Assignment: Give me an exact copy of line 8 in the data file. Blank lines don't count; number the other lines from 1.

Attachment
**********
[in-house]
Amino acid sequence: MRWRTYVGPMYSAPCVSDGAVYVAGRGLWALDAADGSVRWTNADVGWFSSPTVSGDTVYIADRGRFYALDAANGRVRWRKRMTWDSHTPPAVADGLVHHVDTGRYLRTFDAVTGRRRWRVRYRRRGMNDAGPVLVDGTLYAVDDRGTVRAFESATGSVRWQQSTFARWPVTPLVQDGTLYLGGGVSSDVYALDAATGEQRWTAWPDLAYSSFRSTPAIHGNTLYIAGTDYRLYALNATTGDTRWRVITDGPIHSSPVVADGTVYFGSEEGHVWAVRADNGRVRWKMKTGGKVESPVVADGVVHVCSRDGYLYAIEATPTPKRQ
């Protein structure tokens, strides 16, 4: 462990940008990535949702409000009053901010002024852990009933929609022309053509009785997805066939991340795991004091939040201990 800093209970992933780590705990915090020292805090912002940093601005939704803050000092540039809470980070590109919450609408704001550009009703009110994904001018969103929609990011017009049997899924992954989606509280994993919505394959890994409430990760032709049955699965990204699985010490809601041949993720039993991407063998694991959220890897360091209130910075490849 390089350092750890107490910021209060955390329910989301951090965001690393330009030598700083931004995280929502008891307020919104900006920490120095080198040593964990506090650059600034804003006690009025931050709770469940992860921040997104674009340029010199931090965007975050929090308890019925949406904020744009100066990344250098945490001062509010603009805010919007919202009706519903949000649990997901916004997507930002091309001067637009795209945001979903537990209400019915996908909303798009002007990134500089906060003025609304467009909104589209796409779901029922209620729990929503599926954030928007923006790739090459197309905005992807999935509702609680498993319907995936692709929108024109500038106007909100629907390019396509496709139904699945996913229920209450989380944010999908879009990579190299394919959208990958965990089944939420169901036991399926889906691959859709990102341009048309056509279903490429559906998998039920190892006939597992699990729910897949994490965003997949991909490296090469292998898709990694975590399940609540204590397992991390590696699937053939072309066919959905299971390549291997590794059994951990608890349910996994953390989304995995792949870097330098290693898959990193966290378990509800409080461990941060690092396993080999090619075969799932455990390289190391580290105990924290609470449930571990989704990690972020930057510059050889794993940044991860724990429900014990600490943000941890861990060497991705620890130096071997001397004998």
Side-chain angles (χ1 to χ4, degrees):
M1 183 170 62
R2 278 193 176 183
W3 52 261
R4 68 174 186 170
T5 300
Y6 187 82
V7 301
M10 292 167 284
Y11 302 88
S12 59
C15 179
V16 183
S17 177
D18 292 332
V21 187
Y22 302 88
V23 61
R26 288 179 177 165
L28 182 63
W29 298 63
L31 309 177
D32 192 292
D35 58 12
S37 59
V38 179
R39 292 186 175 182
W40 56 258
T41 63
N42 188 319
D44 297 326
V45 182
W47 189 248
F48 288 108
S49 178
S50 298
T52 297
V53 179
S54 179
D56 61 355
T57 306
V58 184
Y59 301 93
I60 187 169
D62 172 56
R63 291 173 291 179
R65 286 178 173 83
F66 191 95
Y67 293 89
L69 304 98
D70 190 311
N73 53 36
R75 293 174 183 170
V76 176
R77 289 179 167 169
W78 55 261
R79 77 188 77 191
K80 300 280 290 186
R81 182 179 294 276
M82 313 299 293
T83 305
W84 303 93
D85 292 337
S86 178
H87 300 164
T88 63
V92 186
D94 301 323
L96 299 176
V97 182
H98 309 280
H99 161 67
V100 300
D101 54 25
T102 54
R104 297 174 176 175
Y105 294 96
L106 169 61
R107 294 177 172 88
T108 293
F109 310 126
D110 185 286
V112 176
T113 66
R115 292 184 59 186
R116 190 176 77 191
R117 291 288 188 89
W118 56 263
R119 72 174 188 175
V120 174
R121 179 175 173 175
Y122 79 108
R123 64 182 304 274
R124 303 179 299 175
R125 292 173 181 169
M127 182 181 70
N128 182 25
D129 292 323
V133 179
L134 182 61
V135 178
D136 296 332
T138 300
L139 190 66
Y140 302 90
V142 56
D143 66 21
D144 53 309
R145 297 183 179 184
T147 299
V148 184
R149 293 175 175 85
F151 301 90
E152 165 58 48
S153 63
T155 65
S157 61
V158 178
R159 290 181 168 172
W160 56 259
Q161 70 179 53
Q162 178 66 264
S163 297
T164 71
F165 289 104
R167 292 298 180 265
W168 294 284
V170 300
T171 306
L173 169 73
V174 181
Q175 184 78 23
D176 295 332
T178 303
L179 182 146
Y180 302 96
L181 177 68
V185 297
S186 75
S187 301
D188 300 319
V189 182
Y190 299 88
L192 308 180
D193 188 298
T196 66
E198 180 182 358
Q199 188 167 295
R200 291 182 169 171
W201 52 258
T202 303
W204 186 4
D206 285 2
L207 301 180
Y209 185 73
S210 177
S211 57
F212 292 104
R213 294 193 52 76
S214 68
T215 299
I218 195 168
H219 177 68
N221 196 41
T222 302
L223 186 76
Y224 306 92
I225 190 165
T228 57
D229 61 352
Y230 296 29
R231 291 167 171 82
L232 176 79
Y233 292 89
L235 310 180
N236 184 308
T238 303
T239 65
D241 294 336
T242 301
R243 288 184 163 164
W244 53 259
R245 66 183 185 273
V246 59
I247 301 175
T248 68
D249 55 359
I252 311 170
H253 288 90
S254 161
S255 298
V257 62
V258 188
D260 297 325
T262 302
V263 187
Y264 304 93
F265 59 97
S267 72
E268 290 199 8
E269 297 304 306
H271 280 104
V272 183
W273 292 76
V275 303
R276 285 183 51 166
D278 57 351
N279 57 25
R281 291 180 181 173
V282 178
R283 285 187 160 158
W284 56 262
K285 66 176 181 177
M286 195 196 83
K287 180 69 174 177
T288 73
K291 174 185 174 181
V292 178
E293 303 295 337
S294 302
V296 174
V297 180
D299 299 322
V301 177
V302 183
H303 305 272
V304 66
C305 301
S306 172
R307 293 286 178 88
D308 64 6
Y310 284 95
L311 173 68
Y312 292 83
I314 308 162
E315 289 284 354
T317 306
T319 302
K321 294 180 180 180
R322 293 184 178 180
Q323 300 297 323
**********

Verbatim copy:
R4 68 174 186 170